But here's the thing. It's as itchy as hell, it catches food and it's generally a pain in the arse. Additionally, Mum is flying in to town next week for Toby's first birthday, and I know she'll give me all kinds of crap over my facial growth. She's not a fan of the facial hair, is mum.

Don't worry - I'm not about to shave it off and do my dough. Like I say - this is a very worthy cause here. Au Contraire, I'm about to up the stakes a little to make this experience truely worth while...

If my movember donations hit $1000 AUD by the end of November, then I pledge that at midnight on December 1st, I'll shave off only the left hand side of my moustache, and wear half a moustache around for a full 24 hours. I'll get lots of photos and post them here at Musings... Promise.

Is this a desperate bid to up my fund raising? Perhaps. But, let's face it, half a moustache is Funny, people.

So, if you decide you want to take part in this strange little escapade, then click here, dig deep, and help humiliate a writer. It's all going to a good cause, after all...

Tuesday, November 17, 2009

Helping Dad at work...

I've always thought I deserved a personal assistant at work and now, thanks to a childcare shortfall today, I have one...


So far he's re catalogued my lowest bookshelf (it used to be alphabetical, now it appears to be arranged in order from most to least chewed), emptied the contents of the bin onto the floor, pulled a pair of scissors out of a drawer (Until 5 minutes ago, I didn't even know I owned scissors,) and almost managed to unplug my computer.

Aaahhhh... parenthood....

Monday, November 16, 2009

Movember - Week 3


Taken with a silly hat, on the crappy little webcam in my office. But at least you can see it, now. And as of this morning, it's long enough to be trimmed with scissors!

You can donate to my campaign here... And if not, then I'll thank you not to mock my Mo.

Wednesday, November 11, 2009

Romcom Review - Julia and Julia


Julie and Julia: Is it technically a romcom? Well, it's directed by Nora Ephron, whose pedigree includes our benchmark best-romcom-of-all-time When Harry Met Sally, (mind you, she's also responsible for the execrable Sleepless in Seattle* - which, despite the title, ended up on top of the Empire State Building in NYC, go figure) and a number of other Romcom crimes, so you can make your own mind up on that one. (*you're probably wondering why that link? Anything, and I mean anything is better than Meg Ryan and Tom Hanks...)

I'm calling it a romcom, though. There's romance. There's comedy. If it looks like a duck, and it sounds like a duck...

Julie and Julia is an odd film. The tagline declares that it's 'Based on two true stories.' Technically, this isn't quite accurate: it's really based on:
  • The seminal cookbook Mastering the Art of French Cooking by Julia Child, Louisette Bertholle and Simone Beck.
  • The vaguely autobiographical book Julie and Julia, by Julie Powell, which is in turn based on;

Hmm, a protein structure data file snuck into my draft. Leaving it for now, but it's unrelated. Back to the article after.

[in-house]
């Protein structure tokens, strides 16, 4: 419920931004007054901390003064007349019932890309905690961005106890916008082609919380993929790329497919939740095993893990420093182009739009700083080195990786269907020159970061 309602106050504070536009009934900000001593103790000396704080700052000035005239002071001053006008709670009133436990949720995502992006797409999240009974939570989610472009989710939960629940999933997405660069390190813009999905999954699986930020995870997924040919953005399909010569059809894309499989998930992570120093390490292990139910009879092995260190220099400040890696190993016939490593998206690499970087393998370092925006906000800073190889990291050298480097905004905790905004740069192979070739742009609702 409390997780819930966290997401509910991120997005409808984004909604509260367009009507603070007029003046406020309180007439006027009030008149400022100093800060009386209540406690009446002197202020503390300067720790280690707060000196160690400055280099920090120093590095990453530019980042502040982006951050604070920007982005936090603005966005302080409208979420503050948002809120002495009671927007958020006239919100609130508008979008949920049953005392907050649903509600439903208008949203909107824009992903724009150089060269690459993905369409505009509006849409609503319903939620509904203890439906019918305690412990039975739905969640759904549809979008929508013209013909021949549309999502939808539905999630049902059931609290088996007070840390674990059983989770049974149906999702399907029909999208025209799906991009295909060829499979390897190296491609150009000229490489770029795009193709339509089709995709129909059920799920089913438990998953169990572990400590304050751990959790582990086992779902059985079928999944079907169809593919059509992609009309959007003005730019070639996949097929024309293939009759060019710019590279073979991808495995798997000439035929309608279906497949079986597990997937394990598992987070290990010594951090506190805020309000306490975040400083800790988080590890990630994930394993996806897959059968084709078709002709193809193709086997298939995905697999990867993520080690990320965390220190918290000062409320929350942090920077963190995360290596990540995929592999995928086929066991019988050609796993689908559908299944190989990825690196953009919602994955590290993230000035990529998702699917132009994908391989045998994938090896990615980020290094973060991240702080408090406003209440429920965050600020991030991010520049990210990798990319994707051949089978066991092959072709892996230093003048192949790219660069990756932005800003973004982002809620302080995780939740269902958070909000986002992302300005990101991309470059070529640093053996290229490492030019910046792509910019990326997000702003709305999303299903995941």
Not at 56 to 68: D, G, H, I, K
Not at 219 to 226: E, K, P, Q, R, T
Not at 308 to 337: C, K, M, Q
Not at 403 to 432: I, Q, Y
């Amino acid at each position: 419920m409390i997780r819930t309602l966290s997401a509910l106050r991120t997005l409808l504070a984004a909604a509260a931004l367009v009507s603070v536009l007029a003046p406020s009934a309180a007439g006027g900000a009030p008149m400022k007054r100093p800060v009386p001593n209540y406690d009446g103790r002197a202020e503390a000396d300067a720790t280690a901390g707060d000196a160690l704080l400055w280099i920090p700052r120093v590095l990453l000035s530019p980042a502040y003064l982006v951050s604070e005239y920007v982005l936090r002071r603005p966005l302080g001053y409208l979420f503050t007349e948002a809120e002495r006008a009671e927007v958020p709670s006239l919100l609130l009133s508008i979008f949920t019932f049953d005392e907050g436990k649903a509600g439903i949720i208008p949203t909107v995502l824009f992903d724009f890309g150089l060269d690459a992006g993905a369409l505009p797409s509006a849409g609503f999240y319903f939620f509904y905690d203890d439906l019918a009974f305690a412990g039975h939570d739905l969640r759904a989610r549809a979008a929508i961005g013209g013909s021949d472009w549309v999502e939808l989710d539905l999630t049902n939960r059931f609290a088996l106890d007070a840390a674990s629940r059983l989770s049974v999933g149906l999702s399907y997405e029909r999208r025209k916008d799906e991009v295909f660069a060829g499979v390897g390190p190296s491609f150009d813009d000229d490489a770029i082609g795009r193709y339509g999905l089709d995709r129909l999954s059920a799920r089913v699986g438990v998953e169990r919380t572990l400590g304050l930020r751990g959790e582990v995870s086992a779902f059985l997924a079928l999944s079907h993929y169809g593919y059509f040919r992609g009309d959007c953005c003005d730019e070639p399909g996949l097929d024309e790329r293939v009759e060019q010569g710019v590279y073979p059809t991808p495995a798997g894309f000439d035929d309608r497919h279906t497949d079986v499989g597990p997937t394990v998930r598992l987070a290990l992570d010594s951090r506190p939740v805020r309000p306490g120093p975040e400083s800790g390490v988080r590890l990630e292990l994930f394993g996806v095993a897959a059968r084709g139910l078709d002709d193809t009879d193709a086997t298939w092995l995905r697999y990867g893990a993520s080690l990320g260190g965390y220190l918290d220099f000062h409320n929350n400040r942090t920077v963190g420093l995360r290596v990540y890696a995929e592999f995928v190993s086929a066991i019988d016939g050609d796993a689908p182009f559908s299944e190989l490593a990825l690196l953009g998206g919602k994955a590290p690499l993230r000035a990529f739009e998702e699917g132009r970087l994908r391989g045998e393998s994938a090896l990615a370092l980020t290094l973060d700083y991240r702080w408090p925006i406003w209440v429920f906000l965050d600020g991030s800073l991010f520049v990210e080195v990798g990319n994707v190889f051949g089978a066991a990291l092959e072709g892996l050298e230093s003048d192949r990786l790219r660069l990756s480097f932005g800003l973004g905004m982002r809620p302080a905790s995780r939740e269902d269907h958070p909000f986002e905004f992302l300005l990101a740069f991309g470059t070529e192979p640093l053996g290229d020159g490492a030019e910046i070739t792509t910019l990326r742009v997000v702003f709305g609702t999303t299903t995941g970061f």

• Her blog The Julie/Julia Project, in which she documented her efforts to stave off a nervous breakdown by cooking her way through the entire 500+ recipes in Mastering the Art of French Cooking during a 12 month period, in the tiny kitchen of her small, dingy apartment in Queens, NYC.
  • Julia Child's biography My Life in France
Can you say 'Metafiction', boys and girls?

From this, you'd think the film would have the potential to be a mishmash of ideas and stories.

And you'd be right.

Here's the odd thing, though - Ephron is a clever director and storyteller, and I initially walked out of the film (which we saw last saturday afternoon) declaring 'I really enjoyed that!' And I did. It was good brain candy. We'd won free tickets to see it, too, so the price was about right for the film.

In the five days since, though, a few little things about the film have started to retrospectively bug me. Little things - the somewhat overworked layering of the two protagonists' lives onto one another - the implication being that Julie Powell's life very nearly mirrored that of Julia Child. The bizarre 'where are they now' titles at the end of the film which - apart from being the worst kind of Deus ex Machina device for wrapping up a plot - also include perhaps the most utterly mindless caption I've ever seen: "Julie Powell's book was turned into a film" Well, duh. (Hint to Nora: Metafiction works best when you don't have to point it out to the audience.)

Does this make it a successful or unsuccessful film? Not sure.

Certainly the 'Julia' part of the film is beautiful - set for the most part in 1950's Paris, teaming Meryl Streep and Stanley Tucci (Last seen together in The Devil Wears Prada - though in a *slightly* different relationship), and operating against the background of the McCarthy witchhunts, this story alone would have made an effective biopic. Julia Child was, by all accounts, a remarkable woman, and her husband too. Had Ephron focussed her considerable filmmaking talent solely on this side of the story, the film could have been a real groundbreaker. (Also in this storyline, and in a piece of genius casting, you'll get to see Glee's Jane Lynch playing the role of Julia Child's 6"2' sister - I kept waiting for her to declare "and that's how Sue sees it!")

The 'Julie' part of the film - less successful. There's nothing intrinsically wrong with it, and Amy Adams is a competent enough actress to fill the role but at the same time there's nothing intrinsically interesting about it either: A woman hates her job, has a shitty apartment, cooks a lot and blogs. Good for her, but when juxtaposed against Julie Child navigating the minefield of the French culinary establishment during the 1950's while her husband was persecuted by Senator Joe McCarthy, it just doesn't really hold a lot of interest. And yet, to my mind at least, this seems to be the story with which Ephron was most invested.